My mother didn’t talk much about unwanted pregnancies or use the term “reproductive rights,” which only came into use officially in the late 1960s.[ii]  But she had strong opinions about a woman’s right to make decisions about her personal life. She probably held these views because she knew firsthand the desolation of seeking an illegal abortion. Her own poor immigrant mother had birthed 11 children, lost three, and ended up with psychological problems serious enough that she couldn’t function in society. Although the topic of women’s right to choose didn’t come up very often in our conversations, when it did, my mother’s response was firmly and always, “No one has a right to tell a woman what to do with her body!” I don’t think this sprang from an overarching philosophy; merely from her direct experiences of life.

My personal experience with reproductive rights centers on birth control. During my early years, birth control methods were either ineffective, iffy, or withheld from women for spurious reasons. As a very young woman in the late 1950s, I could only get a diaphragm because I was married. I was pretty young, but I knew I wasn’t ready to have children. The Comstock Law, which had passed congress in 1873, was still in effect in 1959. It prohibited the sale or trade of “obscene” literature, including information about contraception. It was not until 1969 that the Comstock Law was repealed by the Supreme Court. Part of the Supreme Court’s decision was based on Justice Thurgood Marshall’s statement “…that the rights to receive information and to personal privacy were fundamental to every American.” In addition, with the development of other methods of birth control with a doctor’s prescription, women were more able to prevent pregnancies.

The combination of eliminating the Comstock Law and the passage of Roe v. Wade, which gave women the right to terminate a pregnancy, allowed women of my generation, for the first time, to direct and control their reproductive destiny.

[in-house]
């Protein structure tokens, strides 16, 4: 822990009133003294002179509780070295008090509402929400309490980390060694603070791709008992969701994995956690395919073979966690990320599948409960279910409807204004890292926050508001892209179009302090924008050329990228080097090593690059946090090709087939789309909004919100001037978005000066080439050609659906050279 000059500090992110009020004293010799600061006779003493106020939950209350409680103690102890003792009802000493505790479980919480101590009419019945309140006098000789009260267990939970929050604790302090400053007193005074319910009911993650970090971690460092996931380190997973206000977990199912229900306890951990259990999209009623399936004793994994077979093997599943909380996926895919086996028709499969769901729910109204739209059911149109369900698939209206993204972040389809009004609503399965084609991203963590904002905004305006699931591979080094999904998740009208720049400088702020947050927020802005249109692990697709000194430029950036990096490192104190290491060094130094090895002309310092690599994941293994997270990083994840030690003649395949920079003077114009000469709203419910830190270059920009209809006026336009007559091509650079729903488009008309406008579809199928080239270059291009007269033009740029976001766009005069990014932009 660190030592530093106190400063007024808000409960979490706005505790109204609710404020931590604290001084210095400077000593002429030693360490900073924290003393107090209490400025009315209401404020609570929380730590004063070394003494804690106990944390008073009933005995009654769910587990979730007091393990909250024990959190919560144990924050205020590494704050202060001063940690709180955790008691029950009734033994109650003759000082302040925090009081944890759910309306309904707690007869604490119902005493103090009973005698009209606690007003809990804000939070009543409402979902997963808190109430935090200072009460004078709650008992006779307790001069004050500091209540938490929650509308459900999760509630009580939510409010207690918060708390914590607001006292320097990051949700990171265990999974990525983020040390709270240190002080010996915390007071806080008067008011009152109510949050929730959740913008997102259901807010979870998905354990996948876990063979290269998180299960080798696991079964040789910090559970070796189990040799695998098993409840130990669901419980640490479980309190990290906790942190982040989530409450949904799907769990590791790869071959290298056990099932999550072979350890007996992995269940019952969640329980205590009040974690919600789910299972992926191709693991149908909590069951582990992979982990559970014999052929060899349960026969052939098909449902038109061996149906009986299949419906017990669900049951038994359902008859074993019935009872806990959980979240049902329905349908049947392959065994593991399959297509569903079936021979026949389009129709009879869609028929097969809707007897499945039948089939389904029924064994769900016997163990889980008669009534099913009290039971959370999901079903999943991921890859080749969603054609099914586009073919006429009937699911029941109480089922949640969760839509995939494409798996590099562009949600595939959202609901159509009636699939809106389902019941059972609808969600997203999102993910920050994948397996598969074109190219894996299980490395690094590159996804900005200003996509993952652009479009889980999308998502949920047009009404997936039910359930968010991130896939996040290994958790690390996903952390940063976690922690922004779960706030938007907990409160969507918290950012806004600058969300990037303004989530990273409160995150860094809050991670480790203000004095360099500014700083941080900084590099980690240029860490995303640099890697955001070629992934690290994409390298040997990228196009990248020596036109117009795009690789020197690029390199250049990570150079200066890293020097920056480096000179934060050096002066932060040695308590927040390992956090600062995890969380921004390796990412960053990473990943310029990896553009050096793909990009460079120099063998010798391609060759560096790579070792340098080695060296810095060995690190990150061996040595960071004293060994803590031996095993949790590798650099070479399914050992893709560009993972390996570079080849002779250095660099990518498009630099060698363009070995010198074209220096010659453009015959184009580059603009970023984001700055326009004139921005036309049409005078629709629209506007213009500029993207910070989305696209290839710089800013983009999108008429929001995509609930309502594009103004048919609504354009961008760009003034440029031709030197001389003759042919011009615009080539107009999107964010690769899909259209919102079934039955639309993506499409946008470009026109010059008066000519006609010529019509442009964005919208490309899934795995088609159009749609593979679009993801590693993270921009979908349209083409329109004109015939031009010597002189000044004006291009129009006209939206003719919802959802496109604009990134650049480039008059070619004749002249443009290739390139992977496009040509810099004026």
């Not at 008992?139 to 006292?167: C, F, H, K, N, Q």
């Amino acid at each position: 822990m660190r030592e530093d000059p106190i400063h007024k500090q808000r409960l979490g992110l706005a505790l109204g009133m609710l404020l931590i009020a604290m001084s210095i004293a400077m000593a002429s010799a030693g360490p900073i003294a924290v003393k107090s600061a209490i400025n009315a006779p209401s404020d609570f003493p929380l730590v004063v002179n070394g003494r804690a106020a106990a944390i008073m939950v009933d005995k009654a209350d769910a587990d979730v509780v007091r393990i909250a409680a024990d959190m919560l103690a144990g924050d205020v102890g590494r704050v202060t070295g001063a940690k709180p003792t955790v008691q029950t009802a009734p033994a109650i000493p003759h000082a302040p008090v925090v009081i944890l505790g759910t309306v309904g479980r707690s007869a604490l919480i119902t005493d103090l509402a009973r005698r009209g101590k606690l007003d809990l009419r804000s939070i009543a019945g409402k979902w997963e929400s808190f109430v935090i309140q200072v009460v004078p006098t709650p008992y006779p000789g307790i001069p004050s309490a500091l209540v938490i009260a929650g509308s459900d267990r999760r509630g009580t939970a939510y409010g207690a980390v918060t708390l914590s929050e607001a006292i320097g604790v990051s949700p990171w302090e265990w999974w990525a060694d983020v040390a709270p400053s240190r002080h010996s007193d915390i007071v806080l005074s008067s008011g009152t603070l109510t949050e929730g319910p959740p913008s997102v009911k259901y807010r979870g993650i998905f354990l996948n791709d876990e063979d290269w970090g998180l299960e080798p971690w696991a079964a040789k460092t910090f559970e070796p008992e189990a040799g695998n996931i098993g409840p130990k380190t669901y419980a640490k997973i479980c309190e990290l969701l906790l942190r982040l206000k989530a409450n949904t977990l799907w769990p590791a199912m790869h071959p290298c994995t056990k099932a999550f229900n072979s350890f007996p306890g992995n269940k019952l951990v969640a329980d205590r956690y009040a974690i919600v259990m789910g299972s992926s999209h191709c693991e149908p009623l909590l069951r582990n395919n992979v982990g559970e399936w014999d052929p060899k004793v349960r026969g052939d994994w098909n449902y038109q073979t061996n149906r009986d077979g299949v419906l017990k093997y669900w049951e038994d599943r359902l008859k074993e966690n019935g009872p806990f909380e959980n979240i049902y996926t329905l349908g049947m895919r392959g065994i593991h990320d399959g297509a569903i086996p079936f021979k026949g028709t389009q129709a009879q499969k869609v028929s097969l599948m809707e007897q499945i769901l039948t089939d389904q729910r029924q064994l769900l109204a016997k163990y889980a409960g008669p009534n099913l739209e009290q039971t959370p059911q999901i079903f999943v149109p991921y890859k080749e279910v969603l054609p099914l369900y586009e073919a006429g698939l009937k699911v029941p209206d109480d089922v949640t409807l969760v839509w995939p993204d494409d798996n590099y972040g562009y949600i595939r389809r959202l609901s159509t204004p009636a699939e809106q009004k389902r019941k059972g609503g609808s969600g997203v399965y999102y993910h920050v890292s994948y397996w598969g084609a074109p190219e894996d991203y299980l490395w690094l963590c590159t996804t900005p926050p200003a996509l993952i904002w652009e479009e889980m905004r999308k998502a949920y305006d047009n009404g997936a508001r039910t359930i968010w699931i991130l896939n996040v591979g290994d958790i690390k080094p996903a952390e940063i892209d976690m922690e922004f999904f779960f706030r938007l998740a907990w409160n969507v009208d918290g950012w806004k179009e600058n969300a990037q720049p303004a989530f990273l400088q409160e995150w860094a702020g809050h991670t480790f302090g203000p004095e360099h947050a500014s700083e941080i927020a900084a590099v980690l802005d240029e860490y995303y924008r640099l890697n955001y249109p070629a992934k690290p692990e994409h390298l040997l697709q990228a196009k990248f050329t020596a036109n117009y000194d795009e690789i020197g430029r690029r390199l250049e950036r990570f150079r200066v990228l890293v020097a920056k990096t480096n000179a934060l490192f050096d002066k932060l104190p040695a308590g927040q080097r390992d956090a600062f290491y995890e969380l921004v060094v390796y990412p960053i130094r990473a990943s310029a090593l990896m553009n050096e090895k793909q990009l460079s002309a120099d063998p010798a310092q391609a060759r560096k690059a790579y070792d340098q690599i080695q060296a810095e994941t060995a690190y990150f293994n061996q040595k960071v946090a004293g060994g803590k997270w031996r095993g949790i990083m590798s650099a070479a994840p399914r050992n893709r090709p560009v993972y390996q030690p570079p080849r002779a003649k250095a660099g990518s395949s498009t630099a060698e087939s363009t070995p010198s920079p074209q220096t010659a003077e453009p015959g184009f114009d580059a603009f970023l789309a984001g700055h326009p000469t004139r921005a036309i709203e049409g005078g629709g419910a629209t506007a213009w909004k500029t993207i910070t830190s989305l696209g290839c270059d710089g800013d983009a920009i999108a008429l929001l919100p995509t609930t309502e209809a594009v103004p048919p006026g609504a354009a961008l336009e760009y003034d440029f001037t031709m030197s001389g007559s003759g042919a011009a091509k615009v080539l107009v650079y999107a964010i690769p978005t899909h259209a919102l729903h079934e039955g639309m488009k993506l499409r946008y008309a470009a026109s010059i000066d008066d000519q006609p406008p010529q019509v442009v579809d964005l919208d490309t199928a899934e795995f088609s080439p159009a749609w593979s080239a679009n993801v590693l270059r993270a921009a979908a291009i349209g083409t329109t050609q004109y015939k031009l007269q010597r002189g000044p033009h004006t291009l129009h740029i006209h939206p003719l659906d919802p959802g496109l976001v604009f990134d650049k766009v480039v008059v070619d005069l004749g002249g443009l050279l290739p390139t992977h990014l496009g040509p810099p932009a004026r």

Since those days, reproductive health for women has changed for the better. Access to reproductive services, and information about them, is for the most part public knowledge; options for controlling fertility or terminating a pregnancy are out in the open and available. And 59 percent of Americans support these rights. 

Current generations of young people may find it difficult to understand what it was really like when women had few choices for controlling their reproductive lives or how dangerous it was when they did. Those of us who have the firsthand memories must share our stories openly. 

For me, the time for reproducing is in the distant past. My kids are now close to middle age and finished with their own childbearing. It’s my grandkids that I worry about. They know my stance on women’s reproductive rights. In fact, three generations of my family –  both female and male – travelled in 2017 to be a part of the Women’s March in Washington DC and all of us wore our pink “pussy” hats. 

There’s no going back to long-ago, oppressive eras. Those were the bad old days for women


  1. Suzanne C Frank

    Great article. In my family the stories were of my maternal grandmother who had probably two abortions during the depths of the depression. With 3 small children, no work, and no way to prevent pregnancy, she made the choice to have back alley abortions. My maternal step-grandmother was coerced into having an abortion (not sure whether it was legal or not in Denmark at the time) and sadly she was never able to have children after that – something she desperately wanted. My own mother had two abortions, one back alley and one legal after Roe v. Wade.

    I shudder to think what might happen if heart-beat bills go into effect in certain states. I am glad that we have many different kinds of birth control – that is a big difference from 50-100 years ago. Helping women obtain and afford safe birth control is another issue that is continually under fire as well.